I recently decided to do maintenance on my surly mountain bike. I had not done major work on this since i built it 7 or 8 years ago. So came the work of new tires, hub bearings, pedal rebuild and brakes.
I decided that it was also time to see what this tubeless craze was about. I purchased the Stan’s NoTubes 29Er Xc Tubeless System along with some Stan’s 2.0×29 raven tires.
After failing at successfully converting my existing rims with the Stan’s kit I did some research. Turns out my front rim is on the computability list. As for my rear rim; their web site says there is no compatible rim tape for that rim. Hmm. Guess I’ll come back to it later.
The next day as I make it to 5 different bike shops looking for a simple hydraulic line I heard two people mention that the Stan’s conversion kit is difficult to use and it doesn’t last long. They independently recommended the “Gorilla Tape” method.
So home I went to research this method. First stopping by the hardware store to pick-up some gorilla tape. Next I found this guy on youtube. I followed his method almost exactly except the following deviations.
- After putting each strip of tape on the rim I put a conventional tube and tire back on. I pumped this up hard in order to firmly install the tape and push the tape into all the small spots. This was less critical on a rim with recessed nipples. On my brompton with 16″ wheels the nipple heads are not recessed and without doing this I didn’t get a good seal the first time.
- Make sure you use a valve stem with a removable core. This will make adding new sealant in the future easier.
- You don’t need to measure the length of tape and cut it to width like he did. I cut the with using a razor blade and cut the tape on the roll without taking it off. This allowed me to hold the roll during the application process. Much easier.
- I have done with with UST tires and without. Great success with both. The only thing I learned is make sure the tire you are using is in good shape. I had an older schwalbe kojak with alot of slits from glass. This had a difficult time sealing to the point I’m going to get a new tire.
In the end this conversion should cost you about $20 for two to three wheel sets. I also think this works better than the Stan’s conversion. That said I’m still running some Stan’s tires and Stan’s Tire Sealant. The difference is that this works on any rim, any width, and diameter, etc.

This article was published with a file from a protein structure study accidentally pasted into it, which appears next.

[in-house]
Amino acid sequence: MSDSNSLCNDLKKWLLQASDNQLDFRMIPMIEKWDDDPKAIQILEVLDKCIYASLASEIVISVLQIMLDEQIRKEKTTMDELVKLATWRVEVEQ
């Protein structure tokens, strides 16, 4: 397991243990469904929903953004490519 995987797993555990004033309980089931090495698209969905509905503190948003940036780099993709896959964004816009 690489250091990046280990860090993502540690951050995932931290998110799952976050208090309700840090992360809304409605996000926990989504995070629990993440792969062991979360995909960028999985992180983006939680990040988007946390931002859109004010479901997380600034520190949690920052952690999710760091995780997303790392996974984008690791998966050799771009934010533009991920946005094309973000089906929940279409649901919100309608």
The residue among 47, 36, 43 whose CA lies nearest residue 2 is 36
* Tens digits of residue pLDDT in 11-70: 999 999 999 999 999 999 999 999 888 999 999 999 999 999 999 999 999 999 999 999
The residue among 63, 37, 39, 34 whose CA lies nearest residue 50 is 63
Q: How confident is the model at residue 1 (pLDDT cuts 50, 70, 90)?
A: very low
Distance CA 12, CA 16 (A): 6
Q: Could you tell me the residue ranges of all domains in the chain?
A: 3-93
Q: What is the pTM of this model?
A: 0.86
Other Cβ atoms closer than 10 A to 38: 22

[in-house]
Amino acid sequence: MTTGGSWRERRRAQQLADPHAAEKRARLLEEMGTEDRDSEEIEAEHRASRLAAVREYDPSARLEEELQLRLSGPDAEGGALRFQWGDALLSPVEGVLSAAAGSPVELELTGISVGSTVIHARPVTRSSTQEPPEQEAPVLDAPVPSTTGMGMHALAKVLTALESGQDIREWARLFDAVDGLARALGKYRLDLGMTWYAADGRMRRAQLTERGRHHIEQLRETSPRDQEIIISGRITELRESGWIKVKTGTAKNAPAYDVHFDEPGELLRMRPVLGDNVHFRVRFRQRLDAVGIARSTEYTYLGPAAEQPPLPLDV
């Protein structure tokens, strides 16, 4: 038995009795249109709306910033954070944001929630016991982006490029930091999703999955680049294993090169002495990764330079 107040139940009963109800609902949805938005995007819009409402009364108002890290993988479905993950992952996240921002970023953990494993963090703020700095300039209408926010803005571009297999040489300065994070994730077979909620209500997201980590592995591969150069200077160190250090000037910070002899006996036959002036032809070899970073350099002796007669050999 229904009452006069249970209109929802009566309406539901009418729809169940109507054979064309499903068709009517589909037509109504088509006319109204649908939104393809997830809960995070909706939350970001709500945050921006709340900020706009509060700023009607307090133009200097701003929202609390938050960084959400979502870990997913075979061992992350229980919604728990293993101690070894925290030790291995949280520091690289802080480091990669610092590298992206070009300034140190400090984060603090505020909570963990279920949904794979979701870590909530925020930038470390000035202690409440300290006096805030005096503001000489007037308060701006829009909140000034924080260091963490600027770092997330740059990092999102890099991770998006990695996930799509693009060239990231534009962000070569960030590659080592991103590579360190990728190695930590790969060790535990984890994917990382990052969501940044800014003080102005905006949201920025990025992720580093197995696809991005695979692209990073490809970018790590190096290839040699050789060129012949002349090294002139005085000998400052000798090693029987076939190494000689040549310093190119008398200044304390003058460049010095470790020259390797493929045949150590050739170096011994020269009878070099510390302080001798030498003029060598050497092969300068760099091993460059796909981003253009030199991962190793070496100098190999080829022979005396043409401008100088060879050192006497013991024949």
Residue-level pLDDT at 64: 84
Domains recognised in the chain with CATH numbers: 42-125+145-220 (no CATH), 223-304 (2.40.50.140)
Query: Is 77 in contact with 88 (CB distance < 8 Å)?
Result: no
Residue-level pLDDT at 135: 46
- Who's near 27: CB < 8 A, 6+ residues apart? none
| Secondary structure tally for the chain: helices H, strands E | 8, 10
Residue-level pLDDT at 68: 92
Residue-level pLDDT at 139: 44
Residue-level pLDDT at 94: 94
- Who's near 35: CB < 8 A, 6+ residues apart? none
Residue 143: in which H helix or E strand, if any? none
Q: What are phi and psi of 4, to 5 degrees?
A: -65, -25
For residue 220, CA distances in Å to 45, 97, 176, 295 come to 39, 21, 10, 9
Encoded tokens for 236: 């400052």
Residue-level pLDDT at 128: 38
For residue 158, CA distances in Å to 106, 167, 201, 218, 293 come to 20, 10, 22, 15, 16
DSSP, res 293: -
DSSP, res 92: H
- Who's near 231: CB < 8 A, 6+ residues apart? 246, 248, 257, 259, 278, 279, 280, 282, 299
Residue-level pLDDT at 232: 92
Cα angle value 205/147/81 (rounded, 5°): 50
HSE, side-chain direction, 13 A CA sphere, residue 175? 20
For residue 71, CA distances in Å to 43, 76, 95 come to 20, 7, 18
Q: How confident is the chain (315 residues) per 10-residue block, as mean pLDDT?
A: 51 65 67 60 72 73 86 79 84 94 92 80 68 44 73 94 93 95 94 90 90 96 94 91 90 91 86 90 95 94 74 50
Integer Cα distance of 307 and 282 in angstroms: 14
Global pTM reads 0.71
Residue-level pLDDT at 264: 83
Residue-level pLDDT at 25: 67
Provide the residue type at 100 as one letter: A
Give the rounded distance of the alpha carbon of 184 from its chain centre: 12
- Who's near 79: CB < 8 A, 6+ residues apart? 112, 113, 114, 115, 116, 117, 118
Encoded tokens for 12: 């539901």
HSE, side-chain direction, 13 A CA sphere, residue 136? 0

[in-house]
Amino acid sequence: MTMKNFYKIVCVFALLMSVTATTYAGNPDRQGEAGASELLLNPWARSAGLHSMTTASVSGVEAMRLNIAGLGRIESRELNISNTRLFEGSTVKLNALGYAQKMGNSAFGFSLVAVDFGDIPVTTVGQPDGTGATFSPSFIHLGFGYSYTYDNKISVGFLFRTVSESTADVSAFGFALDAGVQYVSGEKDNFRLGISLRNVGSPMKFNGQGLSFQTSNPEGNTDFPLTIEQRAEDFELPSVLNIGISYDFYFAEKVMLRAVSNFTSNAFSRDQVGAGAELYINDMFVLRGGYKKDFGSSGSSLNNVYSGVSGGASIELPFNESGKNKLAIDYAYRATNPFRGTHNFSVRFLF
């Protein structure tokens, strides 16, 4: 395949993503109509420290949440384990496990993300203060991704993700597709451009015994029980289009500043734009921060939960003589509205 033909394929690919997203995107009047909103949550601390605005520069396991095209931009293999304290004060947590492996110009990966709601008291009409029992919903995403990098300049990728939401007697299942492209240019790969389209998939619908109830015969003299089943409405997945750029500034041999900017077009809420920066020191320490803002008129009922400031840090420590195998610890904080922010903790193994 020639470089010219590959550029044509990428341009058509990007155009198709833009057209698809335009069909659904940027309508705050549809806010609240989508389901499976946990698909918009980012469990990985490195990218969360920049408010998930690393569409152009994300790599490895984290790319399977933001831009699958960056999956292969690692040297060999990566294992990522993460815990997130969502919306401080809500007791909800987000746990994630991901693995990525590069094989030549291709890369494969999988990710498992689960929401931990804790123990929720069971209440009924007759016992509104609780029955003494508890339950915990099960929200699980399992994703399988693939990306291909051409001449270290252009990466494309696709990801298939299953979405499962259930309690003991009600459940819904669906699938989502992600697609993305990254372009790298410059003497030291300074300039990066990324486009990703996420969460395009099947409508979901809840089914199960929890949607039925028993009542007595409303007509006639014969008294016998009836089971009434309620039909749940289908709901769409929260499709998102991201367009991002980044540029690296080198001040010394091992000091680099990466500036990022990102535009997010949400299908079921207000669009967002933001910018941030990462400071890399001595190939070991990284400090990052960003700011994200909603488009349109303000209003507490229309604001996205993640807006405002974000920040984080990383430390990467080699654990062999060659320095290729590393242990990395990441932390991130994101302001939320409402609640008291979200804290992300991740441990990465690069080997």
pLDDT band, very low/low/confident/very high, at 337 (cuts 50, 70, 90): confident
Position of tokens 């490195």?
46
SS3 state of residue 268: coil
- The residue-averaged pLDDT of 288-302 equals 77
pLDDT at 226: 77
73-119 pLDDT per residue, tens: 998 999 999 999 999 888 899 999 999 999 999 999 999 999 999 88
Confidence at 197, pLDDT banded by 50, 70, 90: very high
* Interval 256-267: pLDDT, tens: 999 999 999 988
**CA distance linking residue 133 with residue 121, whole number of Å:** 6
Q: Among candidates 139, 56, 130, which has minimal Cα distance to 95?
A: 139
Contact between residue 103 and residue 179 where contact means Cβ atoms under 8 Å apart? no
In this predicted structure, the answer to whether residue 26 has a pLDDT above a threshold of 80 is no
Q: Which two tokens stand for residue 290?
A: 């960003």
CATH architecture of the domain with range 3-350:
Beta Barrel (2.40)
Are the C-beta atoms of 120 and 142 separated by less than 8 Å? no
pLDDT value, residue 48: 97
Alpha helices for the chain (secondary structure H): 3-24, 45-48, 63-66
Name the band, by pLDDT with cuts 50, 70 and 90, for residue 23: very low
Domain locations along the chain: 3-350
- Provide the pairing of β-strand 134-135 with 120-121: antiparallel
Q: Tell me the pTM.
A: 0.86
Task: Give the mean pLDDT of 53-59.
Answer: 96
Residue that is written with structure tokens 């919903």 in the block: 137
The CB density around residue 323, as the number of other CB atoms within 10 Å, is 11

Have a flat less ride!
I realized today why I didn’t post much this year. I had been really focused on cycling for transportation and living car lite.
The problem is I wasn’t focused on those things this year. Late in 2011 I took a new role that had me traveling a significant bit and then when I was home I worked at home a bunch. This reduced the amount of bicycle commuting I did. My passion didn’t go away; I just wasn’t commuting.
We still only have one car. When I’m home my bicycle is still my primary form of transportation. My weight has gone up and health down since I haven’t been commuting much. I have become and expert on the New York City subway, have come to know the San Francisco bus and other transportation options well too and have am now a super Amtrak commuter; something like the equivalent of a platinum member in Frequent Flyer mile speak.
Now that I’ve come to terms why I’ve been absent this year. I’m going to keep writing and sharing. I feel the need to contribute back to the Internet with what ever I might be able to. Its not much; but its what I have.
Anyway my wife and I have always traveled a lot. In recent years we haven’t traveled much personally as we start our family; but we and now especially myself are frequent travelers with experience all over the US/Europe/Chile/New Zealand. I’m going to create a new category and probably some pages on travel tips. These will mostly center around how to pack lite. Your trips are much more enjoyable if you don’t lug a ton of crap all over the place.
Look for more in the coming weeks. And yes this time I promise there will be more.
OK, so I am almost 10 months late on that one. I had great intentions of sharing my winter weather clothing system, but the winter never came. Not once did I bring out the heavy stuff.
Anyway I will try to be back. A few good things are in store in the coming days.
When I tell people that I cycle year round in ALL weather they are most amazed that I’ll ride all winter. For me the most difficult time of year is really the summer. I can only take so many clothes off, but in the Winter I can layer up.
Last winter I created a mental chart in my head. This consisted of a temperature range with specific clothing next to each range. This system worked well. I’d just need to look up the current temp then dress accordingly.
Unfortunately I never wrote any of this down. Therefore this year I will be creating my system all over again and sharing that system with the readers. As it gets colder I’ll be adding more posts.
The first one will be coming within the week. This will cover from about 35F to 50F